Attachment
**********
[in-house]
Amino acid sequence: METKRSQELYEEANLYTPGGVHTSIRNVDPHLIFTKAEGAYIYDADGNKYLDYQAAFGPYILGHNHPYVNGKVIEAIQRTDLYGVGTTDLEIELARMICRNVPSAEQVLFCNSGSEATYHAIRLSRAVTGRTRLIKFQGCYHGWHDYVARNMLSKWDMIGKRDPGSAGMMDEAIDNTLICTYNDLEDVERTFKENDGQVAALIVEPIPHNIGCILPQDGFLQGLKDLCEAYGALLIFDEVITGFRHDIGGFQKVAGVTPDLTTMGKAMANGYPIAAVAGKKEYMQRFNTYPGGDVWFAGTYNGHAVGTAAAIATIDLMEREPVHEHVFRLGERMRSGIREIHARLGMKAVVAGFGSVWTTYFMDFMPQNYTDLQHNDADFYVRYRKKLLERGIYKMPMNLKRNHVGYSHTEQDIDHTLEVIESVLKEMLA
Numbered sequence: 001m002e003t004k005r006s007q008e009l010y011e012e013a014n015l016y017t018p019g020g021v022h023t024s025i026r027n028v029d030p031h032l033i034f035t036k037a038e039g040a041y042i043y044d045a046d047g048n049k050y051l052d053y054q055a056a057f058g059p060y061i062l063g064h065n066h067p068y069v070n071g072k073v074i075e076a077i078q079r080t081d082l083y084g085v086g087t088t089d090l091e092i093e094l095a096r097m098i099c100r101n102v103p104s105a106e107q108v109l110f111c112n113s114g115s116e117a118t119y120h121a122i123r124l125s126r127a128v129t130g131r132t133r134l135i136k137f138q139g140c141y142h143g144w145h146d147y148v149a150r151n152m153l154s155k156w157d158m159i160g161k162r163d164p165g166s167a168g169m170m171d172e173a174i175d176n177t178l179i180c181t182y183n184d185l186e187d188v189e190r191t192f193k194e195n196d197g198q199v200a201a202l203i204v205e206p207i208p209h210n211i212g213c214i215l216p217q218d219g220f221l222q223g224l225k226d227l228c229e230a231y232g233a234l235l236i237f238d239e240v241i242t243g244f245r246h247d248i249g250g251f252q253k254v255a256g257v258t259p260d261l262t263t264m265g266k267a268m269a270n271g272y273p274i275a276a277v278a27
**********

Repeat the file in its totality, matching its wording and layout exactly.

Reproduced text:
[in-house]
Amino acid sequence: METKRSQELYEEANLYTPGGVHTSIRNVDPHLIFTKAEGAYIYDADGNKYLDYQAAFGPYILGHNHPYVNGKVIEAIQRTDLYGVGTTDLEIELARMICRNVPSAEQVLFCNSGSEATYHAIRLSRAVTGRTRLIKFQGCYHGWHDYVARNMLSKWDMIGKRDPGSAGMMDEAIDNTLICTYNDLEDVERTFKENDGQVAALIVEPIPHNIGCILPQDGFLQGLKDLCEAYGALLIFDEVITGFRHDIGGFQKVAGVTPDLTTMGKAMANGYPIAAVAGKKEYMQRFNTYPGGDVWFAGTYNGHAVGTAAAIATIDLMEREPVHEHVFRLGERMRSGIREIHARLGMKAVVAGFGSVWTTYFMDFMPQNYTDLQHNDADFYVRYRKKLLERGIYKMPMNLKRNHVGYSHTEQDIDHTLEVIESVLKEMLA
Numbered sequence: 001m002e003t004k005r006s007q008e009l010y011e012e013a014n015l016y017t018p019g020g021v022h023t024s025i026r027n028v029d030p031h032l033i034f035t036k037a038e039g040a041y042i043y044d045a046d047g048n049k050y051l052d053y054q055a056a057f058g059p060y061i062l063g064h065n066h067p068y069v070n071g072k073v074i075e076a077i078q079r080t081d082l083y084g085v086g087t088t089d090l091e092i093e094l095a096r097m098i099c100r101n102v103p104s105a106e107q108v109l110f111c112n113s114g115s116e117a118t119y120h121a122i123r124l125s126r127a128v129t130g131r132t133r134l135i136k137f138q139g140c141y142h143g144w145h146d147y148v149a150r151n152m153l154s155k156w157d158m159i160g161k162r163d164p165g166s167a168g169m170m171d172e173a174i175d176n177t178l179i180c181t182y183n184d185l186e187d188v189e190r191t192f193k194e195n196d197g198q199v200a201a202l203i204v205e206p207i208p209h210n211i212g213c214i215l216p217q218d219g220f221l222q223g224l225k226d227l228c229e230a231y232g233a234l235l236i237f238d239e240v241i242t243g244f245r246h247d248i249g250g251f252q253k254v255a256g257v258t259p260d261l262t263t264m265g266k267a268m269a270n271g272y273p274i275a276a277v278a27